On my hunting nights we have show-and-tell. Daddy at the window, wet and full of seeds. The girls push their faces against the glass and want to see what Charlie caught. If there’s something left, I show them. I turn it in my hands in the light from the kitchen; point out wings and the feet and the place where Charlie ate its head.

“Oh, he ate that? That’s funny!” says Maggie

I wonder that it might be.

Shelly watches. She’s trying to be neutral, happy for the girls to ask about the birds – happy there’s a pane of glass between us.

As hunting, with the modern emphasis on destinations and equipment and the “experience of a lifetime,” becomes just another form of high-end recreation, it’s encouraging to read about a man and his hawk heading out to small fields close to home. Matt’s descriptions of his barebones, ready-to-go-at-a-moment’s notice approach made me take a look at my own hunting style to see if I couldn’t simplify and keep things a little closer to home. I haven’t quite whittled my gear down to rotting, second-hand sneakers and mud and seed-encrusted jeans, but I’m making progress. Having hunted with Matt, I can now say, with some relief, that he does resort to rubber boots on cold, wet February days.

Then there’s his friendship with Ida, a brave elderly woman who loves birds in general, hawks in particular, and riding around with Matt. I won’t spoil this part of the story with an excerpt.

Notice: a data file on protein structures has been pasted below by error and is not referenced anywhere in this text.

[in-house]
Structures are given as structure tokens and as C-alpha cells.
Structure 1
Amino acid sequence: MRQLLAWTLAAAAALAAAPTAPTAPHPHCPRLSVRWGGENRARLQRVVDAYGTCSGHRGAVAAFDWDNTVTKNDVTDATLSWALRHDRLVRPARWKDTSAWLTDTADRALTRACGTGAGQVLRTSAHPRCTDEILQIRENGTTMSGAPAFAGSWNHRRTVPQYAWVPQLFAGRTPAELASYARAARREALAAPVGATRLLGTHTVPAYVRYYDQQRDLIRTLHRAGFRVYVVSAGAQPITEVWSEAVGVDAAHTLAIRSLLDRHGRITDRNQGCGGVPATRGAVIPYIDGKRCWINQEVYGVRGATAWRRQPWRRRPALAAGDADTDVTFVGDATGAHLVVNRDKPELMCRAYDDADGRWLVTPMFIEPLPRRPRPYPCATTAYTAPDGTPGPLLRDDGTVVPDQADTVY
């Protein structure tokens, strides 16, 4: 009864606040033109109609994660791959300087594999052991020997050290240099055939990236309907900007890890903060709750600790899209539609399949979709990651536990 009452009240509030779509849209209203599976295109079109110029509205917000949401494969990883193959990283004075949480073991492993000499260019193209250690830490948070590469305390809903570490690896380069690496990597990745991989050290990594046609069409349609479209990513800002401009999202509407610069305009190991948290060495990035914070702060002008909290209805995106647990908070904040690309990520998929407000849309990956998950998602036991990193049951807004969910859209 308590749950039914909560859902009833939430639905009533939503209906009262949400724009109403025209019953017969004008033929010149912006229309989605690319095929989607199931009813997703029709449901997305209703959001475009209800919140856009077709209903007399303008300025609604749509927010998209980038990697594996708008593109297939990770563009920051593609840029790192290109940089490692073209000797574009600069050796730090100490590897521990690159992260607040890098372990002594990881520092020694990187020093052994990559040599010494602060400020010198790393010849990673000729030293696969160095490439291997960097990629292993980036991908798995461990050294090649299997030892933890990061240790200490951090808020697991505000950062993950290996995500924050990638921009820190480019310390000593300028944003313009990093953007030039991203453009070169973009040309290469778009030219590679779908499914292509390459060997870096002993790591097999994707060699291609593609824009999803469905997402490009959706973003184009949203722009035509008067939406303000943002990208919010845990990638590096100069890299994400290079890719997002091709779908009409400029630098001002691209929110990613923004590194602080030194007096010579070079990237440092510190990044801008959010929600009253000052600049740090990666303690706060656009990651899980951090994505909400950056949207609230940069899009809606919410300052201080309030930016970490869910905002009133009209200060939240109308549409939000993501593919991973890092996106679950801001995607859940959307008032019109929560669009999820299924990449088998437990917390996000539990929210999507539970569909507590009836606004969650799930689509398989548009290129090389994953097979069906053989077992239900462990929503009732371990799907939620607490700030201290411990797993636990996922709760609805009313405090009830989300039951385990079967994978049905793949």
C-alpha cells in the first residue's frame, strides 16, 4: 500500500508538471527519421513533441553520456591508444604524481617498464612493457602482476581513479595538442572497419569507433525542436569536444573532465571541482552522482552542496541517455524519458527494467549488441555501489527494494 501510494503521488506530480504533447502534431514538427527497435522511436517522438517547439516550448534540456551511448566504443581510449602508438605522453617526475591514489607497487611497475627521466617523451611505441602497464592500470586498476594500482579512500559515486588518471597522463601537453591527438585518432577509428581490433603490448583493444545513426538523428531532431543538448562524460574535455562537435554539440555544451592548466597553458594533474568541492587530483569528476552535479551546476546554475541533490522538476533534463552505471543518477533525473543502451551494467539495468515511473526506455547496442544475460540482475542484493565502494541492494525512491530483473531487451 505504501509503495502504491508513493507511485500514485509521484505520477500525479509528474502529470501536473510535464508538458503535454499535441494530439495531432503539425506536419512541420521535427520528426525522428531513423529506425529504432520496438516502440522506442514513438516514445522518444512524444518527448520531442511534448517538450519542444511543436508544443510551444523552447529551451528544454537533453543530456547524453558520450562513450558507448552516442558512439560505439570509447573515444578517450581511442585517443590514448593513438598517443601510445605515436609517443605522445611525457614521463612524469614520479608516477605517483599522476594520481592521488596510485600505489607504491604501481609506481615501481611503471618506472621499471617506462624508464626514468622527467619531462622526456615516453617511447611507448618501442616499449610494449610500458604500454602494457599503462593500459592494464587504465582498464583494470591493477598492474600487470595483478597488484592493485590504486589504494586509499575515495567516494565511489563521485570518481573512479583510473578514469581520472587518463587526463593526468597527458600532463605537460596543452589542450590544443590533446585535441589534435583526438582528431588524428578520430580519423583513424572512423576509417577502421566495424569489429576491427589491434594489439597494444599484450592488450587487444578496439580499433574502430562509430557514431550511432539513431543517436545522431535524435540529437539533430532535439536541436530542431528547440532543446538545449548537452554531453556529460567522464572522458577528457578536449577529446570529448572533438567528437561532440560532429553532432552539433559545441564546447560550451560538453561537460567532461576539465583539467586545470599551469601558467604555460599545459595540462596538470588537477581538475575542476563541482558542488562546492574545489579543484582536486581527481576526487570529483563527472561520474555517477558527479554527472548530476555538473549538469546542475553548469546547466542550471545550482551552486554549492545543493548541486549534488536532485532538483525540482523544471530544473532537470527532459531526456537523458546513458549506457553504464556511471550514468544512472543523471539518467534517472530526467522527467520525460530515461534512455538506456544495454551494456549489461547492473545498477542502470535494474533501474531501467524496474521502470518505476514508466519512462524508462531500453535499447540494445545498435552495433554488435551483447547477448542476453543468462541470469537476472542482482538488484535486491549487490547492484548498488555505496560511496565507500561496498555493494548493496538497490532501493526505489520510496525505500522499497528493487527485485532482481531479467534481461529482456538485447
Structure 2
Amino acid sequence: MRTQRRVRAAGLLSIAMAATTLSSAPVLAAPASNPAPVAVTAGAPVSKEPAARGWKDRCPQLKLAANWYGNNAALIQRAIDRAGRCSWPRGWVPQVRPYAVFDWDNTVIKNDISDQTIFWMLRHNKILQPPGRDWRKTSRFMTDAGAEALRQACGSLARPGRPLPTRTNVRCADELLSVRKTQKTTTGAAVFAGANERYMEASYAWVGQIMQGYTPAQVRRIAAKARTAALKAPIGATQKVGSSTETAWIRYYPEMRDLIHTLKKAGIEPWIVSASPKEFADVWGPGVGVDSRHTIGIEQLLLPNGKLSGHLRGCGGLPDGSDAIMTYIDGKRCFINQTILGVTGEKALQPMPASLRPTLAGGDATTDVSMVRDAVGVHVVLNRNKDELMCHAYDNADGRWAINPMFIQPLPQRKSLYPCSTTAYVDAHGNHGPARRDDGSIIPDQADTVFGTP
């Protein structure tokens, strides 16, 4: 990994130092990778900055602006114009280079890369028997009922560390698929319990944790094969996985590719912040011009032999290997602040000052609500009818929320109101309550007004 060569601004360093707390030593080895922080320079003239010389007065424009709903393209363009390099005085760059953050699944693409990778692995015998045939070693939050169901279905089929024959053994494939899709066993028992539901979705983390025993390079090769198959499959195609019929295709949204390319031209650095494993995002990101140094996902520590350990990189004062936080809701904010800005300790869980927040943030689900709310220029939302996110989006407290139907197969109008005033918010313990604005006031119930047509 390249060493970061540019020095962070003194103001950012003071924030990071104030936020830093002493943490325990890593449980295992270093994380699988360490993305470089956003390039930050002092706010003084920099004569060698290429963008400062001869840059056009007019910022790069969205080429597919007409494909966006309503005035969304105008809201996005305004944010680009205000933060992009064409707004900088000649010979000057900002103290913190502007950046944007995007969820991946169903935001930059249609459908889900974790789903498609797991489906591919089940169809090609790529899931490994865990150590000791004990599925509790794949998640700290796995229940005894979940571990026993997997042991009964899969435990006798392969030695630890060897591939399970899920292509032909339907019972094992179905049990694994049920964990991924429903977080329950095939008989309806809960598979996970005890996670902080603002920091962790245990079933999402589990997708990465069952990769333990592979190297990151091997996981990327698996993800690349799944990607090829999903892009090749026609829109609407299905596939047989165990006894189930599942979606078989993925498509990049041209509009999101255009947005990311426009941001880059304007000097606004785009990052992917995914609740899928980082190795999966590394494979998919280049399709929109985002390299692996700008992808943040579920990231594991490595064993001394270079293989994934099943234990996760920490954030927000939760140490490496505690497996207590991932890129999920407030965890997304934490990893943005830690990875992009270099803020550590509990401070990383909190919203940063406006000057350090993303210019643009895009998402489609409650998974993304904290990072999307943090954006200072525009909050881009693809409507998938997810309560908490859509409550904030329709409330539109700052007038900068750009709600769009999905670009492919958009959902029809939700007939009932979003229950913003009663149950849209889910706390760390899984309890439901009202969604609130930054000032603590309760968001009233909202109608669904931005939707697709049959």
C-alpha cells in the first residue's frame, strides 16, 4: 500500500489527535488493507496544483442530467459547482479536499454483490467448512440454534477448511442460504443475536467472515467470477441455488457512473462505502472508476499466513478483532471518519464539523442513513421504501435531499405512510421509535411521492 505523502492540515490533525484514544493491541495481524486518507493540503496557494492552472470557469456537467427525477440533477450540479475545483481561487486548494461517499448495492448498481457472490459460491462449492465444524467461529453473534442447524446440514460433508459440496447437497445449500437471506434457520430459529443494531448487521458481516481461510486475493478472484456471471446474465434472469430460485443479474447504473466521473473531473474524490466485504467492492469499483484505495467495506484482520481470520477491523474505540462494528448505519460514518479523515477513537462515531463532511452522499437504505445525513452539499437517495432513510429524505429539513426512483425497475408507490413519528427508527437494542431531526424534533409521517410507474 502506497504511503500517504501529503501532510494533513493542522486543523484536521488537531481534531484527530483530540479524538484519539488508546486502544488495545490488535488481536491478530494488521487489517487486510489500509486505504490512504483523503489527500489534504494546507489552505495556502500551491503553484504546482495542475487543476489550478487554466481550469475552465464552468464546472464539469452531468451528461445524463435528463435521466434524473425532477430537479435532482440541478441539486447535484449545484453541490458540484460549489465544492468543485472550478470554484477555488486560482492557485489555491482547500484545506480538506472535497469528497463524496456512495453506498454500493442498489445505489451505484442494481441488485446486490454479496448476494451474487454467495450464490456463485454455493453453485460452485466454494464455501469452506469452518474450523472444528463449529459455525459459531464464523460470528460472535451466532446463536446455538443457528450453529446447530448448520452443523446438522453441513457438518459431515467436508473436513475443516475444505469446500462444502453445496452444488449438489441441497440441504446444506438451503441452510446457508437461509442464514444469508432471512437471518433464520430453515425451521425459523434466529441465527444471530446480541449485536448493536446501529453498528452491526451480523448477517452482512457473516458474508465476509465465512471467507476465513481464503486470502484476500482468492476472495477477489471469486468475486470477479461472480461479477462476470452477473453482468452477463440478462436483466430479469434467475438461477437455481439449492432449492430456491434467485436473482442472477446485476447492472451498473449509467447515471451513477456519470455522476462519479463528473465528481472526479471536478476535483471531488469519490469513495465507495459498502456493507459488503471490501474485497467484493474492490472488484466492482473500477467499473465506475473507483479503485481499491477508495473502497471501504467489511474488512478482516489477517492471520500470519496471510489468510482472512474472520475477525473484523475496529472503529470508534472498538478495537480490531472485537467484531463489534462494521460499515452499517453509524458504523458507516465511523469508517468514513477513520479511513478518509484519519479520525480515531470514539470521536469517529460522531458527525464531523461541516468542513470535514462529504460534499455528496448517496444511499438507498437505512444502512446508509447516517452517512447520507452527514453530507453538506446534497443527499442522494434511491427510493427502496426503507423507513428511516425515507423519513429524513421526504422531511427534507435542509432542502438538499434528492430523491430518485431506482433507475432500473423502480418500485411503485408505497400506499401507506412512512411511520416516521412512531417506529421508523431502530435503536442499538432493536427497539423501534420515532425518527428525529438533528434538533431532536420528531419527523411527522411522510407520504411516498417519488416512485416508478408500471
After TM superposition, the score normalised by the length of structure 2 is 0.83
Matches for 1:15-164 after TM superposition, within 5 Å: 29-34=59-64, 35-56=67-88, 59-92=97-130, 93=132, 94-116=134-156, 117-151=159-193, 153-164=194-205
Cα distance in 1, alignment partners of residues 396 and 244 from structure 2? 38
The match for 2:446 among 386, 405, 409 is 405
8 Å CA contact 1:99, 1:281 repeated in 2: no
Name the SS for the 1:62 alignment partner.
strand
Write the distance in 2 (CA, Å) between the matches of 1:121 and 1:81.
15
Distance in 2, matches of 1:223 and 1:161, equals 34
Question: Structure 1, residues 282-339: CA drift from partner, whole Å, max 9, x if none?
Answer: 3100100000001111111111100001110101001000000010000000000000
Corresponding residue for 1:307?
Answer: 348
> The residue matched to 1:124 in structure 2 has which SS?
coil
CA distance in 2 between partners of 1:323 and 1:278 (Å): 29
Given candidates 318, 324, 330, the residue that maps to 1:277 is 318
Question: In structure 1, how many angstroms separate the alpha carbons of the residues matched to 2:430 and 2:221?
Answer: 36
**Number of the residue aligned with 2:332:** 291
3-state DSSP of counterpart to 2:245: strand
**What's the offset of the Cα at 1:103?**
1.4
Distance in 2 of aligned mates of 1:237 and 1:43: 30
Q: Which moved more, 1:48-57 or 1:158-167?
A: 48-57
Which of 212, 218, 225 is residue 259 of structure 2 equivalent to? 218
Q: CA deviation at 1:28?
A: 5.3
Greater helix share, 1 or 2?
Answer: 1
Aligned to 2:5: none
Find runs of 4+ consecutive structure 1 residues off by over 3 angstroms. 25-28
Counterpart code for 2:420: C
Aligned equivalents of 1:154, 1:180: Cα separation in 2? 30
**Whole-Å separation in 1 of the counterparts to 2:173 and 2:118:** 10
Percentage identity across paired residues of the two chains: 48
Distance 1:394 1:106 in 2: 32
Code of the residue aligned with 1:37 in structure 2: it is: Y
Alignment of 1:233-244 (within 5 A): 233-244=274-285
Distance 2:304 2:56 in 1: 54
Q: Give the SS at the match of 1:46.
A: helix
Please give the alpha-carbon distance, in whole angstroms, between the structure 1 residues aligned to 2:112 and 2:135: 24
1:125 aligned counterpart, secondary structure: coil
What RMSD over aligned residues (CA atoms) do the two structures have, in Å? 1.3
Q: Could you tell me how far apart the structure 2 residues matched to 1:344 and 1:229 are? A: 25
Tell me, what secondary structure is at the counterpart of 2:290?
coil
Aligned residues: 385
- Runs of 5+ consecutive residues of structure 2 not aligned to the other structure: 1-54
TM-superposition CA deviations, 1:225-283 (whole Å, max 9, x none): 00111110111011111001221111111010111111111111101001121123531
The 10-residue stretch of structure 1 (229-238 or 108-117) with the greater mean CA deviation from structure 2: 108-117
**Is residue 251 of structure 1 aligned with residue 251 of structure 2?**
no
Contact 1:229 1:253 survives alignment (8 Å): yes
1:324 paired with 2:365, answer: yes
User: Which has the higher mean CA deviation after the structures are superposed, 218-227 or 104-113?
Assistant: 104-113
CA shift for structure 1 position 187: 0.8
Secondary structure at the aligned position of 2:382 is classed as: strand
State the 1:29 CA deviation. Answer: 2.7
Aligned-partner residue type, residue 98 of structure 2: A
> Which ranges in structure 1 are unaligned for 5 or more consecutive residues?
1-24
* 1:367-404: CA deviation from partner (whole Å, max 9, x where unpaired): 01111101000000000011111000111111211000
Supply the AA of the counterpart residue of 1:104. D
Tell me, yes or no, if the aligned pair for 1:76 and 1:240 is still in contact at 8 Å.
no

I count In Season among the best outdoor/nature books I’ve read. As a regular reader of the blog Querencia, I’ve long known that Matt Mullenix is a fine writer, but I wasn’t quite prepared for In Season.

But now you are prepared. Read In Season. Trust me; you don’t have know anything about falconry. If you care about country, wild things, home, family, and friends, you’ll understand Matt Mullenix perfectly.


mdmnm said...

Great review of a really good book!

Matt Mullenix said...

To Henry: my thanks!

stevea said...

(Wow, Matt, it's hard to believe that 6 years have passed since that season!)

It's a great book, Henry, and Matt is a one-of-a-kind falconer. I have learned much from him and look forward to learning more.

I have similar views about about score-keeping in general, but only outside of falconry. Numbers are really all we have to understand how our hawks are. They can't talk to us and only show anything about their condition when things have become dire.

We can only know how they are by numbers - weight, kills, hunts, and environmental aspects that affect their performance. Subtle relationships exist amongst all of them.

Matt's numbers are impressive on the surface, even more so when you know what makes them happen. And he presents them not to tout his own ability, as considerable as it is, but as a reflection of his hawk's potentail and needs. In doing so, he also tells us how well he meets those needs.

I encourage my apprentices and friends in the sport to read it.

Charlie's got some white around his face now, but he's getting ready for another go at it.

Matt Mullenix said...

Steve thanks for those nice comments! Henry: Steve is in your neck of the woods and is at Charlie's helm now.

Eliezer M. Morgan said...

Geez, I’m playing major catch up here.

Excellent review on an excellent book!

“But now you are prepared. Read In Season. Trust me; you don’t have know anything about falconry. If you care about country, wild things, home, family, and friends, you’ll understand Matt Mullenix perfectly.”

I wish I had written that!!